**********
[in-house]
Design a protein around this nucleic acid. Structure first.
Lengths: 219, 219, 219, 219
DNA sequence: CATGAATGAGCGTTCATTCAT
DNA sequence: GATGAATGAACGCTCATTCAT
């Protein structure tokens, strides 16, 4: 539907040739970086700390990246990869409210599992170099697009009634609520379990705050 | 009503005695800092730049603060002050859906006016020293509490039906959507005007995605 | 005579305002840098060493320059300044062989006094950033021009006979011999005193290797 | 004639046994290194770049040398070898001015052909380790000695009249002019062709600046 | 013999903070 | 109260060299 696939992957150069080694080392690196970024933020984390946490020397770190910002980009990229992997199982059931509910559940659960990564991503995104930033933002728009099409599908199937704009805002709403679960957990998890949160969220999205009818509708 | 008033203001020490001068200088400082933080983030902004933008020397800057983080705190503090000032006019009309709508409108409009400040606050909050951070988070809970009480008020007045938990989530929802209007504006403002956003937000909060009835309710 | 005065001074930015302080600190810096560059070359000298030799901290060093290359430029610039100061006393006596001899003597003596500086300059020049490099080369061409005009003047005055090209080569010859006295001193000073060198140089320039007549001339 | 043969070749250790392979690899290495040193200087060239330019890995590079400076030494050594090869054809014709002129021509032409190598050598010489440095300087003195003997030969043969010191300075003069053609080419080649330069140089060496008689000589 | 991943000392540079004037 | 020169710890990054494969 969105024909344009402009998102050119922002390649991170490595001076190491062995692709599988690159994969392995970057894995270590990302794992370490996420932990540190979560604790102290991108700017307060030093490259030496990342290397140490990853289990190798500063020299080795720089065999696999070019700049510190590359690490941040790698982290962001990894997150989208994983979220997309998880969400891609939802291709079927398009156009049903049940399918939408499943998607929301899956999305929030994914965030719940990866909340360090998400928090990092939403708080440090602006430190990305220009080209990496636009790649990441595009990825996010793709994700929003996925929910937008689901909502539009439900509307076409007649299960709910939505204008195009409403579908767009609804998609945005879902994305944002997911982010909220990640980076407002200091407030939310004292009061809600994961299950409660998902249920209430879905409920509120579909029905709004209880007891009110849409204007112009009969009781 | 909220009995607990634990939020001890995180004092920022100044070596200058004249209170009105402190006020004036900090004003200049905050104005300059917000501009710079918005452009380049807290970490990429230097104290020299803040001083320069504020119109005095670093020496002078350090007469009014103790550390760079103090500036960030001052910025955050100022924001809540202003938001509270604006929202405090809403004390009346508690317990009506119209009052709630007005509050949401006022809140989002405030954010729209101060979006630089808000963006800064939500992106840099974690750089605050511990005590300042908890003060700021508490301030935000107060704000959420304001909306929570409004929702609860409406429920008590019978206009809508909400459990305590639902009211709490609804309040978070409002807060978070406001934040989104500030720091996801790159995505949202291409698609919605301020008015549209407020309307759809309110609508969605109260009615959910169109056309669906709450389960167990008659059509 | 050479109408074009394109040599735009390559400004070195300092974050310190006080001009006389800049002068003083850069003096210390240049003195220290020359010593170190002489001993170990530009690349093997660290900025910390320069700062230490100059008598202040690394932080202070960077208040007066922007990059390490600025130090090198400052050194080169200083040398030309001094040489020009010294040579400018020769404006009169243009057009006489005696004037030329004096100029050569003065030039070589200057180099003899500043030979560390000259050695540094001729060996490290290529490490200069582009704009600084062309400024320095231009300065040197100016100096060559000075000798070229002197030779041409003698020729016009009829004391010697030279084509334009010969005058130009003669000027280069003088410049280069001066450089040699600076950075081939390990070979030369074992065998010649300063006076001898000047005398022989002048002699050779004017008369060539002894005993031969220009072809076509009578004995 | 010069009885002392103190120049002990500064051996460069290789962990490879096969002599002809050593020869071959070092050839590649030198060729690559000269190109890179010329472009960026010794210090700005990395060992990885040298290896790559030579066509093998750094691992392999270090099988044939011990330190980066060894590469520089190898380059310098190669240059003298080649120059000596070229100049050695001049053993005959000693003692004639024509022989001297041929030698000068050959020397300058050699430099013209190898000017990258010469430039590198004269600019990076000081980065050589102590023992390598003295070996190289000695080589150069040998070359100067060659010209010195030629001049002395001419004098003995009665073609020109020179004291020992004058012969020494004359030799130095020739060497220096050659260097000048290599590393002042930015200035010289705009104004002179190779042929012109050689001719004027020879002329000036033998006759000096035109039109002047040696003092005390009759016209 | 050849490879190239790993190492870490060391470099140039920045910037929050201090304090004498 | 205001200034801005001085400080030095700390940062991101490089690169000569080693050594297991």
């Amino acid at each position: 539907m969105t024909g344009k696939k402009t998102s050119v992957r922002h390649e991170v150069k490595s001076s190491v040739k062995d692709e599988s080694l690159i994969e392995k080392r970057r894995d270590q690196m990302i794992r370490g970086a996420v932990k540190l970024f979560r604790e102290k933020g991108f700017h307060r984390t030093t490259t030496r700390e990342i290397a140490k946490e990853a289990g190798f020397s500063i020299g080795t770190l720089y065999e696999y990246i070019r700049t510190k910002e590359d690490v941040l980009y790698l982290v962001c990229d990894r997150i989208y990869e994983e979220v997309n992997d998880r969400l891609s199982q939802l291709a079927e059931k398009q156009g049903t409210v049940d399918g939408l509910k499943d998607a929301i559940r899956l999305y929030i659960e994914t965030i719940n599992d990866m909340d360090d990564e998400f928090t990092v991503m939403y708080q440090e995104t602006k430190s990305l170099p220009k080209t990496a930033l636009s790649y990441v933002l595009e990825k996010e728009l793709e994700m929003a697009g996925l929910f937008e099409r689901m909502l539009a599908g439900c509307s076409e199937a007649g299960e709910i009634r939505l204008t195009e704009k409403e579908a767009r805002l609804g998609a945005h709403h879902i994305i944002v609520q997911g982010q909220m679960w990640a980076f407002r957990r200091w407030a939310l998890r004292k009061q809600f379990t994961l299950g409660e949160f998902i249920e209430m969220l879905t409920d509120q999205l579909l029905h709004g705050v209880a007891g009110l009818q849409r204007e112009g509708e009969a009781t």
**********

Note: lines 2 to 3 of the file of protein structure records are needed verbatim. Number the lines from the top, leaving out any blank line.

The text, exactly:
Design a protein around this nucleic acid. Structure first.
Lengths: 219, 219, 219, 219